Thursday, November 15, 2012
Tuesday, November 23, 2010
Sunday, August 8, 2010
Wednesday, April 21, 2010
When I was a classroom teacher, I had a captive audience each year for Earth Day. Some years we focused on recycling and other times we planted trees. When my son was young, we often went to special events or festivals or planted something new in the yard. In my own yard and in my school yards, I have gardened for butterflies and caterpillars for 15 years. Whether you have young people to share it with or not, Earth Day is a time not only to take action, but to reflect on the actions you take all year. Here are some ideas to think about:
- What item are you not recycling that you could add to your recycling routine?
- Is there a local school that could use some of the plants that you need to separate and thin?
- What local creek or stream needs someone to organize a clean-up day?
- Which kitchen items are you throwing away that can be composted?
- Are there plants in your garden that provide a habitat or food source for caterpillars and butterflies?
Recently my efforts have been focused on reusing and re-purposing. Before I throw something away, I am thinking about how it can be used again. A simple exercise that I used to have my students do was to keep a plastic bag with them throughout the day. If they wanted to throw something away, they had to put it in the bag they were carrying. It's really an eye opener to realize at the end of the day how much one person puts in the trash.
So as I wish you a happy Earth Day, I ask you to think about the Earth everyday. Take care of it. The next generation that will inhabit it are depending on you and me to leave it in good shape.
Tuesday, April 6, 2010
Getting kids engaged in science outdoors has anchored my career in science education, drawing on the early experiences provided to me by parents who valued the natural environment. From the snakes, turtles, frogs, and lizards that slept in the clothes chest in my bedroom, to the collections of sharks' teeth, feathers, bugs, and rocks, my childhood was filled with treasures from nature. I learned to treasure time outdoors, and all of the creatures I encountered while camping, boating, or walking through the woods.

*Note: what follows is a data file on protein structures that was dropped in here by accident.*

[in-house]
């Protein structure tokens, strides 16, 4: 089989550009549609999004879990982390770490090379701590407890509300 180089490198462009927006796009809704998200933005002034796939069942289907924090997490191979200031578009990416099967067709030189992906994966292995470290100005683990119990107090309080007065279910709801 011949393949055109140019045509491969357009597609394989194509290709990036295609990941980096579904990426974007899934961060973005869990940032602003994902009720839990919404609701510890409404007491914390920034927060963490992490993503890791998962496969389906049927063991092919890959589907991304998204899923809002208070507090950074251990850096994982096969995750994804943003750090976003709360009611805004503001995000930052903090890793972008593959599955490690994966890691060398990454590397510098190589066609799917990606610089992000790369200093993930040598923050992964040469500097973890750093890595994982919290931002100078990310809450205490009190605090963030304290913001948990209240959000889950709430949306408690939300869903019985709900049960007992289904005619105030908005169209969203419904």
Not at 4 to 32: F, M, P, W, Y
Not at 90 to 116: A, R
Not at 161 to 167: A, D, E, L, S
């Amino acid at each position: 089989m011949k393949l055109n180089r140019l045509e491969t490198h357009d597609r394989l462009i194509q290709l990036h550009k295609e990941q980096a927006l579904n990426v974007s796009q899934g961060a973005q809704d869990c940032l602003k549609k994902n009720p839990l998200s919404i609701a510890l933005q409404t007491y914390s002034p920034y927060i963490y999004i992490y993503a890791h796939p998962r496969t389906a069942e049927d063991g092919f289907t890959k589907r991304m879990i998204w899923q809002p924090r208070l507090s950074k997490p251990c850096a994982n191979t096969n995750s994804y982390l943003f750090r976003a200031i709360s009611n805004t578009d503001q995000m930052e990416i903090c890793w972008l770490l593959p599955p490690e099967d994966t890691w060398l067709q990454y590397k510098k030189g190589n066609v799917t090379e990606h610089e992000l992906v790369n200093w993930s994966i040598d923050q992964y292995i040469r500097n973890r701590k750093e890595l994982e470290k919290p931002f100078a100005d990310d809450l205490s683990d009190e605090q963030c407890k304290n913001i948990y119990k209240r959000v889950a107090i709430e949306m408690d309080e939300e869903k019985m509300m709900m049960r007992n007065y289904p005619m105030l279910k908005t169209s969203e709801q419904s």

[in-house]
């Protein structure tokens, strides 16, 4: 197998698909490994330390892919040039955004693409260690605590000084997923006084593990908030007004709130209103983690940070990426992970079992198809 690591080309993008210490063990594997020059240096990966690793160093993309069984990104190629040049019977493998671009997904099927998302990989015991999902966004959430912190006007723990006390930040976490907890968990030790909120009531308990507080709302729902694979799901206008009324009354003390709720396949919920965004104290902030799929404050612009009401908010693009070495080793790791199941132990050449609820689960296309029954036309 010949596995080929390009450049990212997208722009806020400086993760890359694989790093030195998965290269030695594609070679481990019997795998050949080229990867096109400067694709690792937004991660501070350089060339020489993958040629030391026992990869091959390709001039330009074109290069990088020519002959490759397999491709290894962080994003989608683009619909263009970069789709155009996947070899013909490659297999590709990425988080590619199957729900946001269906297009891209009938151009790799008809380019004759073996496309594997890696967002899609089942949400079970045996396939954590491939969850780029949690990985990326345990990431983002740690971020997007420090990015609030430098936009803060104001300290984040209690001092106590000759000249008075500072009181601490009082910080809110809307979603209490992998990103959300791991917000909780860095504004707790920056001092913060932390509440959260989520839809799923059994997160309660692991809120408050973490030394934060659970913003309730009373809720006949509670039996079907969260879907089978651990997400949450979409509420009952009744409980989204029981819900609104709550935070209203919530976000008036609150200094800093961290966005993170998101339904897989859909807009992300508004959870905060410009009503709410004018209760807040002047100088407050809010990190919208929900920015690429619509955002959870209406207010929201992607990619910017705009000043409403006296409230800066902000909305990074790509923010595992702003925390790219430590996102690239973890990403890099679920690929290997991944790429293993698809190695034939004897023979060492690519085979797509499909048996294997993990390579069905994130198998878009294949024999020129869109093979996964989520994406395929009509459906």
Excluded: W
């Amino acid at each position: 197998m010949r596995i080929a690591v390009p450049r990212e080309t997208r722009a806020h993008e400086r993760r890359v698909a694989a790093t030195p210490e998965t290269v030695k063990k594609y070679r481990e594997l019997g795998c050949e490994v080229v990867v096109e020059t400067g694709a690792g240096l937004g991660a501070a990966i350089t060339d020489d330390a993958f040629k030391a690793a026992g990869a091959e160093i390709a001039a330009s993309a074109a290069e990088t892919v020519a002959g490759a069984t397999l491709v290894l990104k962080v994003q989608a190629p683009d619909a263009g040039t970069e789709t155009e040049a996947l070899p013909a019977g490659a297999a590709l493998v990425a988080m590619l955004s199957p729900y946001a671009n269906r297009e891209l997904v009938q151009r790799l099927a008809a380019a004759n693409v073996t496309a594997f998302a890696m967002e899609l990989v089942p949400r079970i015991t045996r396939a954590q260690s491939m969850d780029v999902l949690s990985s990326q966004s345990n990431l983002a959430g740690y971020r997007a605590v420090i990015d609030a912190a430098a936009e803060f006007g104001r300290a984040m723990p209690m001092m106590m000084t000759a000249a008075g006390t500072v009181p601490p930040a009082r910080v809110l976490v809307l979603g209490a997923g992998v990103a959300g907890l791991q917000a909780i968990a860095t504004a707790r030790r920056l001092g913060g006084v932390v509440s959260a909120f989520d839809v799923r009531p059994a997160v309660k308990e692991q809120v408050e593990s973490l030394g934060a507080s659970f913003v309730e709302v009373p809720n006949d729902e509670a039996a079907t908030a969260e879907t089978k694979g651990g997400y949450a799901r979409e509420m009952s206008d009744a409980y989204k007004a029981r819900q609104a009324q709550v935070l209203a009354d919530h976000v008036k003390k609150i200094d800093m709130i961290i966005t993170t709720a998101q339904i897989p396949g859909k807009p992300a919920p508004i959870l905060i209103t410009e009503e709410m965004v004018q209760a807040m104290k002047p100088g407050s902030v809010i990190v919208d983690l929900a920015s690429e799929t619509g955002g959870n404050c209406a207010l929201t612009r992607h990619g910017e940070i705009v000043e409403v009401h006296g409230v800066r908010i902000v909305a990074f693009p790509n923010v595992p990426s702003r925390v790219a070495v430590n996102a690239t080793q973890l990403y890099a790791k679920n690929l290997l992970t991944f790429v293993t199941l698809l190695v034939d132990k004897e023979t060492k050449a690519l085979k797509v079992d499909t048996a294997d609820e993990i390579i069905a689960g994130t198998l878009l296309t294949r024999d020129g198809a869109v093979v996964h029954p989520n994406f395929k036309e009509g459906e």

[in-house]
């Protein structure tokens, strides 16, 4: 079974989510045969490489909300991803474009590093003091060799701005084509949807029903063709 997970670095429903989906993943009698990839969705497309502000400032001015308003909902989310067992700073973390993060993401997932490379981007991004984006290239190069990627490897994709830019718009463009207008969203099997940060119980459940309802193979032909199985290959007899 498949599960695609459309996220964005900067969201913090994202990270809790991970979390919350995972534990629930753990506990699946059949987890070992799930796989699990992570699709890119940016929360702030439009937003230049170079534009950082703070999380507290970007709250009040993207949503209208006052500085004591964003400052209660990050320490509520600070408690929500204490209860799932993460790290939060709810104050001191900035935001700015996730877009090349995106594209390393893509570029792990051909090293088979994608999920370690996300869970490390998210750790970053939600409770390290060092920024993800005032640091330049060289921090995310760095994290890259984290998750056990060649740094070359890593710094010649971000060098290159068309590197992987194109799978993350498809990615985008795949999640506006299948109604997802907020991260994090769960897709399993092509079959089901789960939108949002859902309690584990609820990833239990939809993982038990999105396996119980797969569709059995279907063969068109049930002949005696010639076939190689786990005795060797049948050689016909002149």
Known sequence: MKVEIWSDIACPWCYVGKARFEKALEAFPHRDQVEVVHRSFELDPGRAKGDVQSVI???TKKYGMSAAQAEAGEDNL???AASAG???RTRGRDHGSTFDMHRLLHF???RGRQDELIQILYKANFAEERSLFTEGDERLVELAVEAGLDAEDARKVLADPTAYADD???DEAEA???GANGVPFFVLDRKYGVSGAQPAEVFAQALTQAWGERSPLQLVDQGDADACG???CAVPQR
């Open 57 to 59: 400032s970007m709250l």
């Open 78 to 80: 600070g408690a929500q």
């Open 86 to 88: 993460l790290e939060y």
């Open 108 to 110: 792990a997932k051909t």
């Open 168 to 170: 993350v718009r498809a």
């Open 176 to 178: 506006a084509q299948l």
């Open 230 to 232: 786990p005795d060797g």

Partly out of the necessity of being a teacher of meager means, I raised my own son with similar experiences - playing in parks, exploring piles of fall leaves, catching tadpoles in creeks, and collecting feathers and rocks. During his childhood, I revisited favorite memories of walking along a river with my own father and learning to dye Easter eggs with natural materials from my mother.
If you are a teacher or parent, you may or may not be giving the children you have responsibility for outdoor experiences, but I encourage you to try. The first outing can simply be an observation walk. Consider the activities in Outdoor Science: A Practical Guide, that suggest looking for animal artifacts in the school yard or taking a survey of what resources are available to wildlife around your school or home. These are easy enough that any parent or teacher, with any level of outdoor experience, can feel comfortable giving them a try. Just take a walk with kids and ask them to look around, make observations, and reflect on their observations in a class discussion or nature journal. This experience is simple, yet powerful. If you try it, comment on my blog and let me know how it goes.
On my nature walk around my yard this week, I have seen a rabbit hole with two new bunnies, and the first Tiger Swallowtail butterflies of the season. What will you see? What will your child or students see? I can't wait to find out. Go outside today!
(Reference- Outdoor Science, A Practical Guide, www.nsta.org NSTA Press 2010)